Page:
Thanks to dramatic growth in use by nonradiologists, radiologists performed less than 40% of musculoskeletal ultrasound procedures paid for by Medicare in 2009, down from close to 75% in 2000, according to a team of researchers from Thomas Jefferson University.
"In a healthcare climate in which increased utilization deserves further scrutiny, this study has demonstrated significant utilization increases by specialties that are not traditional imaging providers and may be in a position to self-refer," wrote a team led by Dr. Richard Sharpe (JACR, February 2012, Vol. 9:2, pp. 141-146).
The researchers analyzed data from the U.S. Centers for Medicare and Medicaid Services (CMS) Physician/Supplier Procedure Summary Master Files for 2000 to 2009. In 2009, 233,964 musculoskeletal ultrasound procedures were performed, up 316% from the 56,254 performed in 2000.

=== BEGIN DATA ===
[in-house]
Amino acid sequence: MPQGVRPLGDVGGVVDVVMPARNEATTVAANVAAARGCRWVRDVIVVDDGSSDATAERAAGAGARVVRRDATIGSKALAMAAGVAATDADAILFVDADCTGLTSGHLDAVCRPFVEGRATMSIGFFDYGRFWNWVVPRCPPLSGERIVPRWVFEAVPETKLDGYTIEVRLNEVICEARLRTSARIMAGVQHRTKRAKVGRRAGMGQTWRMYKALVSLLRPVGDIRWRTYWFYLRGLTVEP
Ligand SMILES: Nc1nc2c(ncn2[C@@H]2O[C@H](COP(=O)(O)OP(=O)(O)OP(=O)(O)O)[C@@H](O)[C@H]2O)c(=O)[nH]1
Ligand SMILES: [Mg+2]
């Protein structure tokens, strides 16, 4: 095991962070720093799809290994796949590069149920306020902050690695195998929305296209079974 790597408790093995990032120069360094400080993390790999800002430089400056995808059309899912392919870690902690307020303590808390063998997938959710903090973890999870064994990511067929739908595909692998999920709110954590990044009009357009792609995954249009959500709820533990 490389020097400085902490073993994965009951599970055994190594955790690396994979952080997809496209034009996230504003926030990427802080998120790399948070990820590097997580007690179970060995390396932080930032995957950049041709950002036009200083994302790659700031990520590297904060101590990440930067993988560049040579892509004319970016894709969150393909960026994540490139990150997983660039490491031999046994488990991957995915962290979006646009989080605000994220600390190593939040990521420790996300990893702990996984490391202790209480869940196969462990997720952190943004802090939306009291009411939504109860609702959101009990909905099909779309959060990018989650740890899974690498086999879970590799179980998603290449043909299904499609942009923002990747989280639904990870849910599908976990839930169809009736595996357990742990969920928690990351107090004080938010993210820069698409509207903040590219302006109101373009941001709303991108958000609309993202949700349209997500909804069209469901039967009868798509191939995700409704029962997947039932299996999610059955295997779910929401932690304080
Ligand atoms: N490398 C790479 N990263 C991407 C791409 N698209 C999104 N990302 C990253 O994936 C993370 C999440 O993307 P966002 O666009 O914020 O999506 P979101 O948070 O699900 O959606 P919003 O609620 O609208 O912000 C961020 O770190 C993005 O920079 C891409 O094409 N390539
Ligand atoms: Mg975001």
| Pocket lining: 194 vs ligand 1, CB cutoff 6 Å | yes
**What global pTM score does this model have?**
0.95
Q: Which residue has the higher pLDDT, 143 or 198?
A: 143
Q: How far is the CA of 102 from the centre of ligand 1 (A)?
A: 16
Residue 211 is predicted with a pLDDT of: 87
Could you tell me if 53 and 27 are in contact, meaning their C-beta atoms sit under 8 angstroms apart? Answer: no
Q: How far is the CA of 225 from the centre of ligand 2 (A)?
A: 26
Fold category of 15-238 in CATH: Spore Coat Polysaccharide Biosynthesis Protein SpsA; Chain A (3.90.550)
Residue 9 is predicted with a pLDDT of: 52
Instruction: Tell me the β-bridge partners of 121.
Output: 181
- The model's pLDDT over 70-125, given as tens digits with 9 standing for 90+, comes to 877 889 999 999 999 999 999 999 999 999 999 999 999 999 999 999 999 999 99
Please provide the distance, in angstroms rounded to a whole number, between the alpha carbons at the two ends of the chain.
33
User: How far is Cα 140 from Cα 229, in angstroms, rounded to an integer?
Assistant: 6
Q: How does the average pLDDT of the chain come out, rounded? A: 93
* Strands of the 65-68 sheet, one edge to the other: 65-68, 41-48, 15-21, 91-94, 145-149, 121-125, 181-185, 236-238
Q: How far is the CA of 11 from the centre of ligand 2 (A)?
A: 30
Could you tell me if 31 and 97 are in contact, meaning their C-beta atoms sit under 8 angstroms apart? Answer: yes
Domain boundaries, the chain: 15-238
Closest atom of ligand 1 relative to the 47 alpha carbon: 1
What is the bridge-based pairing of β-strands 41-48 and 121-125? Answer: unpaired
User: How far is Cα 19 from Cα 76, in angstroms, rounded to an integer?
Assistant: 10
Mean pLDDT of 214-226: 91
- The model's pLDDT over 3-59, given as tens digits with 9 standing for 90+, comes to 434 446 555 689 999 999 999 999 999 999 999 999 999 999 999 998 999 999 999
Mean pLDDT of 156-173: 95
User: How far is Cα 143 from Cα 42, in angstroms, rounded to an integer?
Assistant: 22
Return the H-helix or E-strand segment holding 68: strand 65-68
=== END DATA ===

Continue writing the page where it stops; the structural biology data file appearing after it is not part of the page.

|Medicare MSK ultrasound use by provider type
|Primary care physicians
|All other providers
While radiologists accounted for 72.7% of procedures in 2000, they only produced 38.9% of the studies in 2009. The increased volume from radiologists contributed 28.2% of the musculoskeletal ultrasound procedure growth from 2000 to 2009.
Even higher growth rates were seen in private offices. Private-office musculoskeletal ultrasound procedures reached 158,531 in 2009, up 717% from the 19,372 exams performed in 2000.
Nearly half (75,544) of the private-office procedures in 2009 were performed by podiatrists, up from 3,913 in 2000. Rheumatologists also saw a big increase in utilization, climbing from 176 private-office musculoskeletal ultrasound procedures to 22,517 in 2009.
"Other types of providers accounted for comparatively less new volume," the authors wrote. "Radiologists' growth from 2000 to 2009 accounted for 9.2% of the total growth in private-office MSK ultrasound utilization during this time period."